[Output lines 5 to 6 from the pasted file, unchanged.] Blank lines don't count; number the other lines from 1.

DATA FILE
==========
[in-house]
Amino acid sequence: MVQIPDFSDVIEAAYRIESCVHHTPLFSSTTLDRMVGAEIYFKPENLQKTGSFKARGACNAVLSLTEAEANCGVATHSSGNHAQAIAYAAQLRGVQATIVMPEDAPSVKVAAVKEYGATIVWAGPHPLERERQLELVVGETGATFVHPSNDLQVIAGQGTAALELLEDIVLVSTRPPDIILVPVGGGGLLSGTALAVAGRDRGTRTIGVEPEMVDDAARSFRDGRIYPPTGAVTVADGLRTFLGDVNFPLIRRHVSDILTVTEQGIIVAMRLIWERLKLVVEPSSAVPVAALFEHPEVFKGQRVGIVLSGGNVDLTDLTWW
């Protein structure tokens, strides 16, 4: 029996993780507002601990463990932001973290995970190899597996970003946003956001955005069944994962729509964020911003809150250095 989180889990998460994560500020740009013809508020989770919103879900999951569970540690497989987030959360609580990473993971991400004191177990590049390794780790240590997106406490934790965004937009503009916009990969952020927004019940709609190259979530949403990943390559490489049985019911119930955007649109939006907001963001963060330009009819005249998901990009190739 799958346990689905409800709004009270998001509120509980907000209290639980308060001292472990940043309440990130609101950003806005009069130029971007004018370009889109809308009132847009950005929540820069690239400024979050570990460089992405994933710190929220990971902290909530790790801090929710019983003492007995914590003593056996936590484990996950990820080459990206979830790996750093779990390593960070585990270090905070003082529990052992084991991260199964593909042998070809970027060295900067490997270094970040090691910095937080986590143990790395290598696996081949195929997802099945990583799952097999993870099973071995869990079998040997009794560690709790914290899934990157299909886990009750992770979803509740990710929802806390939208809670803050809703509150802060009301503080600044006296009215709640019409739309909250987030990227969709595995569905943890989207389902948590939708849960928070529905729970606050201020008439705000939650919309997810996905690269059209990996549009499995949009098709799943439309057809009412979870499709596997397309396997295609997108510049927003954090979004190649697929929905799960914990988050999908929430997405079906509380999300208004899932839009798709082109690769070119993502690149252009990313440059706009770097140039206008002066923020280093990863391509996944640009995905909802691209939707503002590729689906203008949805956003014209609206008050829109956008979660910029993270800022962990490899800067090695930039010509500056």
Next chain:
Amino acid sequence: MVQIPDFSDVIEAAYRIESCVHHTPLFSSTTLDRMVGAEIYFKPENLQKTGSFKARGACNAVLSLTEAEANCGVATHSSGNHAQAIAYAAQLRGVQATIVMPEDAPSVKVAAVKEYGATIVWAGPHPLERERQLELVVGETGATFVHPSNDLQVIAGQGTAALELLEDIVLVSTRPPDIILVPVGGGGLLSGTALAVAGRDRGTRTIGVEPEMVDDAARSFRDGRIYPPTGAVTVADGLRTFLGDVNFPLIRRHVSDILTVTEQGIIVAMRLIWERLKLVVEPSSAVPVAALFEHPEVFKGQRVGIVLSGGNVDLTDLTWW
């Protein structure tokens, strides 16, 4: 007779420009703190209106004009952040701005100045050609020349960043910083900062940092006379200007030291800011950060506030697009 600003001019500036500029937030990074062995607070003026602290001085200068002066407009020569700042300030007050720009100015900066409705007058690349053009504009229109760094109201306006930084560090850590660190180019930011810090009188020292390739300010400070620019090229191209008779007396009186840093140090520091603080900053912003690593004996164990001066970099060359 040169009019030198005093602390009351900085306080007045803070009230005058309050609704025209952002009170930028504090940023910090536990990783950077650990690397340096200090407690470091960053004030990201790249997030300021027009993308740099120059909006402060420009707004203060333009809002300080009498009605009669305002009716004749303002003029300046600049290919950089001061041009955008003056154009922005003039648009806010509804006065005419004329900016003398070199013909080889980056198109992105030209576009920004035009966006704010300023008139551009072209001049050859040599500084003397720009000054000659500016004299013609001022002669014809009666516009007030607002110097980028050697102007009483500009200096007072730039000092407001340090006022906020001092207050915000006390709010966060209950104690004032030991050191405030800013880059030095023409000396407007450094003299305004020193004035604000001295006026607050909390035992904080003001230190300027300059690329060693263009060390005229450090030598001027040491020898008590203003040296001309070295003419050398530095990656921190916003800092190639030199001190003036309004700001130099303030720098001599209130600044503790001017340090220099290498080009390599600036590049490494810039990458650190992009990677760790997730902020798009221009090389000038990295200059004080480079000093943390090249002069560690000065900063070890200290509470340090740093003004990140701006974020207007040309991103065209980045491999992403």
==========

Amino acid sequence: MVQIPDFSDVIEAAYRIESCVHHTPLFSSTTLDRMVGAEIYFKPENLQKTGSFKARGACNAVLSLTEAEANCGVATHSSGNHAQAIAYAAQLRGVQATIVMPEDAPSVKVAAVKEYGATIVWAGPHPLERERQLELVVGETGATFVHPSNDLQVIAGQGTAALELLEDIVLVSTRPPDIILVPVGGGGLLSGTALAVAGRDRGTRTIGVEPEMVDDAARSFRDGRIYPPTGAVTVADGLRTFLGDVNFPLIRRHVSDILTVTEQGIIVAMRLIWERLKLVVEPSSAVPVAALFEHPEVFKGQRVGIVLSGGNVDLTDLTWW
């Protein structure tokens, strides 16, 4: 007779420009703190209106004009952040701005100045050609020349960043910083900062940092006379200007030291800011950060506030697009 600003001019500036500029937030990074062995607070003026602290001085200068002066407009020569700042300030007050720009100015900066409705007058690349053009504009229109760094109201306006930084560090850590660190180019930011810090009188020292390739300010400070620019090229191209008779007396009186840093140090520091603080900053912003690593004996164990001066970099060359 040169009019030198005093602390009351900085306080007045803070009230005058309050609704025209952002009170930028504090940023910090536990990783950077650990690397340096200090407690470091960053004030990201790249997030300021027009993308740099120059909006402060420009707004203060333009809002300080009498009605009669305002009716004749303002003029300046600049290919950089001061041009955008003056154009922005003039648009806010509804006065005419004329900016003398070199013909080889980056198109992105030209576009920004035009966006704010300023008139551009072209001049050859040599500084003397720009000054000659500016004299013609001022002669014809009666516009007030607002110097980028050697102007009483500009200096007072730039000092407001340090006022906020001092207050915000006390709010966060209950104690004032030991050191405030800013880059030095023409000396407007450094003299305004020193004035604000001295006026607050909390035992904080003001230190300027300059690329060693263009060390005229450090030598001027040491020898008590203003040296001309070295003419050398530095990656921190916003800092190639030199001190003036309004700001130099303030720098001599209130600044503790001017340090220099290498080009390599600036590049490494810039990458650190992009990677760790997730902020798009221009090389000038990295200059004080480079000093943390090249002069560690000065900063070890200290509470340090740093003004990140701006974020207007040309991103065209980045491999992403």